Using the appropriate cost-of-living index (not CPI) reveal latest wage increases still trail inflation in Australia
Today (February 21, 2023), the Australian Bureau of Statistics released the latest - Wage Price…
It is Wednesday and so a few snippets and some Afrobeat. Today, I briefly discuss a rather extraordinary claim by the Governor of the Reserve Bank of Australia that Australian employers refuse to pay higher wages in an environment where the federal government is biases aggregate policy towards surplus creation, even though that strategy was temporarily disabled during the first year of the pandemic. The overall austerity environment has distorted business decision-making to such an extent that firms are now obsessed with cost control and have forgotten that spending equals income and by encouraging a high wage, high productivity culture, their profits rise as well. Win-Win. At present it is lose-lose.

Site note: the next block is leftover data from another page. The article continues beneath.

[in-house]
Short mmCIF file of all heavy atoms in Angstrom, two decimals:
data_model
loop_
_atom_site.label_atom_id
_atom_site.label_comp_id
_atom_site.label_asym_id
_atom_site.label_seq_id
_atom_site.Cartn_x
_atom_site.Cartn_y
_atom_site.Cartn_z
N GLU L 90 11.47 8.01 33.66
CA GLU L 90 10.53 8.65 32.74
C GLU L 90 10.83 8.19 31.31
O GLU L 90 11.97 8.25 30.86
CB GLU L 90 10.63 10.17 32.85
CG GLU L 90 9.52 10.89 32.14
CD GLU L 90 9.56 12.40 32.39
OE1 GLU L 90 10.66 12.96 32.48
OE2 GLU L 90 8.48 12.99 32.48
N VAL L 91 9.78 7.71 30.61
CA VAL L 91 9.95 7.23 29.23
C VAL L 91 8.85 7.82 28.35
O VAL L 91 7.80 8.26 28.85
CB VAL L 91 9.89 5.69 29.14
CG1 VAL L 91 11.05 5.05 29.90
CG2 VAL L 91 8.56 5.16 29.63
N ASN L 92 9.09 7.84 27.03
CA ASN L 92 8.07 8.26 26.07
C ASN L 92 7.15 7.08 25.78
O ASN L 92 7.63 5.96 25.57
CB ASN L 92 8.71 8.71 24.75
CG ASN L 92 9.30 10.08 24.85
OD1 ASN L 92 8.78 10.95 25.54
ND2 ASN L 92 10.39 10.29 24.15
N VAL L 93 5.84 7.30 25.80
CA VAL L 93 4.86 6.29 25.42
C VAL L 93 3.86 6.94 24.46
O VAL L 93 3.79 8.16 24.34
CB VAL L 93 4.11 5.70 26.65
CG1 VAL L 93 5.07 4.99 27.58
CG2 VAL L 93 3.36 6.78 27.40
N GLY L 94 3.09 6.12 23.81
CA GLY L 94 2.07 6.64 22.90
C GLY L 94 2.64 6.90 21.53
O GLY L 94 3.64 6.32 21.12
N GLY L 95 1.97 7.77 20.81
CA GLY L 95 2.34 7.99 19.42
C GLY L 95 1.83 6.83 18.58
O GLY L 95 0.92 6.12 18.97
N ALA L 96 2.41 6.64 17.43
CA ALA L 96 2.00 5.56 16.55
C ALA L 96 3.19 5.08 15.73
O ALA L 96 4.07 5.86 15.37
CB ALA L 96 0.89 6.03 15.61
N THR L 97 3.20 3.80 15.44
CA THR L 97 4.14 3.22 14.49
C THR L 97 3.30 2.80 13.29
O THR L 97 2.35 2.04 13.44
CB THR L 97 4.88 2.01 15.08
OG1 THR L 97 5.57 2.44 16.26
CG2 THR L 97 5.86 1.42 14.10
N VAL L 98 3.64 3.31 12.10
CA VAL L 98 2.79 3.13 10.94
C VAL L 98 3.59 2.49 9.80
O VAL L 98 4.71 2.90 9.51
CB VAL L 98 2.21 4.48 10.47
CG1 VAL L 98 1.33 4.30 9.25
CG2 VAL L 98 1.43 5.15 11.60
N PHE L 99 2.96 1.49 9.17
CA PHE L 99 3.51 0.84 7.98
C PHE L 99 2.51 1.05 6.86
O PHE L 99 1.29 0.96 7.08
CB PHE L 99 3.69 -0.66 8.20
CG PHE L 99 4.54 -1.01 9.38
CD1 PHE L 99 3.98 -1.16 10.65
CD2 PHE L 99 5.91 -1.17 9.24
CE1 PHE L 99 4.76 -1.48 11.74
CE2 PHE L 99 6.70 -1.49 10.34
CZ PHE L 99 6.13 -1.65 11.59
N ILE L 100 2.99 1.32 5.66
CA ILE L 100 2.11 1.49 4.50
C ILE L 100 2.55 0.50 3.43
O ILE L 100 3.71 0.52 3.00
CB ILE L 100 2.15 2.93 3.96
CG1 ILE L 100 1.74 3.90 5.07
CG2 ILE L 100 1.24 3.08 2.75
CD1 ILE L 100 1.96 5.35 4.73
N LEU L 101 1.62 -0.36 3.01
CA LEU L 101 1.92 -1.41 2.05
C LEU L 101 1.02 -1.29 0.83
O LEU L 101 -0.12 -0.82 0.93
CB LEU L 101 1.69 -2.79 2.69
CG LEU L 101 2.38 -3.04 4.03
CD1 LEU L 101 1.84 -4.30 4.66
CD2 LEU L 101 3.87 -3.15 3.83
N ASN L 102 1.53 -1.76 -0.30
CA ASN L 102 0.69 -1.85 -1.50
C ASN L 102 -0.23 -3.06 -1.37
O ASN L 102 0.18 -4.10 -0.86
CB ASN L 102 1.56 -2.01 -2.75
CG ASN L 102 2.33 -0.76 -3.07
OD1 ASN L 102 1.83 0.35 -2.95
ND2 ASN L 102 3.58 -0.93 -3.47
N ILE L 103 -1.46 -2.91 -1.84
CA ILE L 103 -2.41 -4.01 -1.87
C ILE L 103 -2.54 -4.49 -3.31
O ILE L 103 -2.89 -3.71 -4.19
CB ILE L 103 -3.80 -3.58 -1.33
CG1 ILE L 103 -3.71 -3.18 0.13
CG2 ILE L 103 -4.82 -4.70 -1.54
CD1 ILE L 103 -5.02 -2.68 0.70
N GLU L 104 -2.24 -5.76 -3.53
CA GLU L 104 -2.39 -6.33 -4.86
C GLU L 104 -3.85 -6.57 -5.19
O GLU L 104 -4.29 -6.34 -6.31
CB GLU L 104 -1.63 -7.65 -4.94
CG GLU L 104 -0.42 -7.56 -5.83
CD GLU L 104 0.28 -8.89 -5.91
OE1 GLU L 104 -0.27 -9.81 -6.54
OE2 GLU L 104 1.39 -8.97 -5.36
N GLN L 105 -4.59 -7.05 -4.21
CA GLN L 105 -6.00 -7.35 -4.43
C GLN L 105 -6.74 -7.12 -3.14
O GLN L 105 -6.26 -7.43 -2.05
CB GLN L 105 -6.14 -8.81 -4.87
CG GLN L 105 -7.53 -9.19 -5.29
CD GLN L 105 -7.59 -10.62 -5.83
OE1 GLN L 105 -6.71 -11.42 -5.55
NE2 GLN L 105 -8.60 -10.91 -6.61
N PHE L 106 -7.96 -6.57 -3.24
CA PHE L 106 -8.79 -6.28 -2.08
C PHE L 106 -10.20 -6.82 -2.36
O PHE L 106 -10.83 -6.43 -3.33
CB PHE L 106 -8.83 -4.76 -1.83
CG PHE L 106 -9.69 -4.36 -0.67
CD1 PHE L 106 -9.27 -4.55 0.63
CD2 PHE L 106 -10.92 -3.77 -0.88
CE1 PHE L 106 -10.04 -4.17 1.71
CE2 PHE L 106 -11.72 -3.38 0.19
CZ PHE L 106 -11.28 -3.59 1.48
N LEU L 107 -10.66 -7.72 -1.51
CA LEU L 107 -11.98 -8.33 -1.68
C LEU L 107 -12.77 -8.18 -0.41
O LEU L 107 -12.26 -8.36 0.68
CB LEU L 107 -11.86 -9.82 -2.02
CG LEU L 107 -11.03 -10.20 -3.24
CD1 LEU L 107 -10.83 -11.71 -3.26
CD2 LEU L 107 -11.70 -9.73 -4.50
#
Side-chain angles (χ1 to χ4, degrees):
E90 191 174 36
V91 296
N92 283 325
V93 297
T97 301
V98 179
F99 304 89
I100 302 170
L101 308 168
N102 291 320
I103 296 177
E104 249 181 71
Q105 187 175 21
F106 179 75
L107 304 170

In a speech last week (June 17, 2021) – From Recovery to Expansion – which was delivered to the Australian Farm Institute Conference in Queensland, the RBA Governor reflected on the state of the economy.
To his credit he has been calling for employers and governments (state and federal) to increase wages growth as a way out of the economic slowdown that befell the Australian economy even before the pandemic struck.
He has cited the damage that government wage caps have had and noted that they have provided wage leadership (of the wrong kind) to the private sector, which has been suppressing wages growth for some years now.